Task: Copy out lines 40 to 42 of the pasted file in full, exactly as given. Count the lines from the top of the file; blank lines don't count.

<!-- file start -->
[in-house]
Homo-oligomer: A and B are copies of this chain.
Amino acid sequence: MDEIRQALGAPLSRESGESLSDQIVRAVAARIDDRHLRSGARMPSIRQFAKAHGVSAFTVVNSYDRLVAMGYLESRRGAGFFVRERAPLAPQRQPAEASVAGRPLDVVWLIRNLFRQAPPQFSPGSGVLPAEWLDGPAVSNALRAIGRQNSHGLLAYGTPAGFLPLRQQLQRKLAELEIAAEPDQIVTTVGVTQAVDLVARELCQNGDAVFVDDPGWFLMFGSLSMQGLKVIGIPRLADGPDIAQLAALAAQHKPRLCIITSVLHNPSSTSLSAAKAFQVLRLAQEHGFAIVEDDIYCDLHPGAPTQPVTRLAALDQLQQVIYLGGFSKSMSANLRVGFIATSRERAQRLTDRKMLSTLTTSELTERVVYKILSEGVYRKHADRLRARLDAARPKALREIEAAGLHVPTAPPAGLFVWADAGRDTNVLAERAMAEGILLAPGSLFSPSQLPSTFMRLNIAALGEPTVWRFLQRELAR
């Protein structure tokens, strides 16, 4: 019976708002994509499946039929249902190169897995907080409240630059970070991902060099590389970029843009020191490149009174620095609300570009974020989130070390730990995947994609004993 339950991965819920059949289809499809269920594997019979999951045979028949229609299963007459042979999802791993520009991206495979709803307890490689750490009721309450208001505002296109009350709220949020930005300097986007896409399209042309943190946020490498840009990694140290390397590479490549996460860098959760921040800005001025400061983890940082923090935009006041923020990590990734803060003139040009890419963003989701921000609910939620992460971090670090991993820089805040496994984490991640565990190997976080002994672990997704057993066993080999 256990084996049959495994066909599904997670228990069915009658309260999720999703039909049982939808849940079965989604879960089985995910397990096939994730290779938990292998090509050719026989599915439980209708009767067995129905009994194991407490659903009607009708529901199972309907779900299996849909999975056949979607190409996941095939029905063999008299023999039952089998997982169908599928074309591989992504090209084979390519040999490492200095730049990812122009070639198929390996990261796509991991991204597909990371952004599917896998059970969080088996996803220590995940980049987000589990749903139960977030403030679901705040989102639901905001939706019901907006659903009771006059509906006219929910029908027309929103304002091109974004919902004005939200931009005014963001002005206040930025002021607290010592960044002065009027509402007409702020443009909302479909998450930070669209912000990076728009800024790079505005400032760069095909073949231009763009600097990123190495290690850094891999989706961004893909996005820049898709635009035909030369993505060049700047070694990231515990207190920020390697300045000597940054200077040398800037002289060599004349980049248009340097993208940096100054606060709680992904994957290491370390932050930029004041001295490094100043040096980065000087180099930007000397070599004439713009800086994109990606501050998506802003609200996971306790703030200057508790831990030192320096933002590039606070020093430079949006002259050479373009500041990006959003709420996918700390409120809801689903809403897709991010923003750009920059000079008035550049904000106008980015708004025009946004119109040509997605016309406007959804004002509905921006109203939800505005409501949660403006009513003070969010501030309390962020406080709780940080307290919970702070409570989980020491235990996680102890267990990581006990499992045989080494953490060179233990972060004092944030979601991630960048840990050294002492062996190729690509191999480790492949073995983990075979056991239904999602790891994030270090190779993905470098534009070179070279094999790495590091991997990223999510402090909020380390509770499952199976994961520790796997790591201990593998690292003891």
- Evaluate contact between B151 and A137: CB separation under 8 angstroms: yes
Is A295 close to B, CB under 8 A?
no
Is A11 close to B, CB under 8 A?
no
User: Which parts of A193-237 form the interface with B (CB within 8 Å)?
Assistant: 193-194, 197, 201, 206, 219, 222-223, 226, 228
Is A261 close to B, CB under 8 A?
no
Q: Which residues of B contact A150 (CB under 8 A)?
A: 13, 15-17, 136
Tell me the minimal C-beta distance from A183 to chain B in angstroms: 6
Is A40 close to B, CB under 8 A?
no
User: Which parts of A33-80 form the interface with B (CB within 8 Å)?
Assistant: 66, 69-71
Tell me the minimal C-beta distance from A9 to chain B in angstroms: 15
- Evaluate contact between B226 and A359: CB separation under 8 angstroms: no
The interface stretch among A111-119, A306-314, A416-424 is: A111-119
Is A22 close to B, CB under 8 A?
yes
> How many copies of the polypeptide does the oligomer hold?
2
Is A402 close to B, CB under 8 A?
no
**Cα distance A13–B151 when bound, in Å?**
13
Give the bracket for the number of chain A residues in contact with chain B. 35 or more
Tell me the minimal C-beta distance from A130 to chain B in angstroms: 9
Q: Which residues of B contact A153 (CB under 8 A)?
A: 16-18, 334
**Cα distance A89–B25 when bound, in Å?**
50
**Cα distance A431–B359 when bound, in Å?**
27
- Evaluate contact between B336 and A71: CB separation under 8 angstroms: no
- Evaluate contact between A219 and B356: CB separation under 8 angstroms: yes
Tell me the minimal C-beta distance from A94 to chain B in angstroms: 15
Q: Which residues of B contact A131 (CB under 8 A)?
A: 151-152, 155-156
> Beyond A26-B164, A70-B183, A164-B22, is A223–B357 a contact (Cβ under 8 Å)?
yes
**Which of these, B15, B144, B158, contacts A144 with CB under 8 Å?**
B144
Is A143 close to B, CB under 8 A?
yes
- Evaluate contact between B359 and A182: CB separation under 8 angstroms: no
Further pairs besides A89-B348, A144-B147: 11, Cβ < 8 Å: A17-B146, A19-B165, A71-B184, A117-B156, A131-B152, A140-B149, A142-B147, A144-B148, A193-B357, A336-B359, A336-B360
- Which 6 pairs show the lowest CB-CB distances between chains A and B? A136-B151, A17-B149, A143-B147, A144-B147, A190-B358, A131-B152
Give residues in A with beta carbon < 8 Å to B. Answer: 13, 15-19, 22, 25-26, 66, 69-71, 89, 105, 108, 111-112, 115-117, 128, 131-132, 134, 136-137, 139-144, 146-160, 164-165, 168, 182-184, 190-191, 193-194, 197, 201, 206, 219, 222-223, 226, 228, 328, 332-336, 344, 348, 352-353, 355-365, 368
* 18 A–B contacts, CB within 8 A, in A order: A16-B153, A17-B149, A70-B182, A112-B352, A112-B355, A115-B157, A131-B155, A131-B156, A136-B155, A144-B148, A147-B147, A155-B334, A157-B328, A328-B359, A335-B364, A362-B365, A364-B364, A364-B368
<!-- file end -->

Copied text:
- Evaluate contact between B336 and A71: CB separation under 8 angstroms: no
- Evaluate contact between A219 and B356: CB separation under 8 angstroms: yes
Tell me the minimal C-beta distance from A94 to chain B in angstroms: 15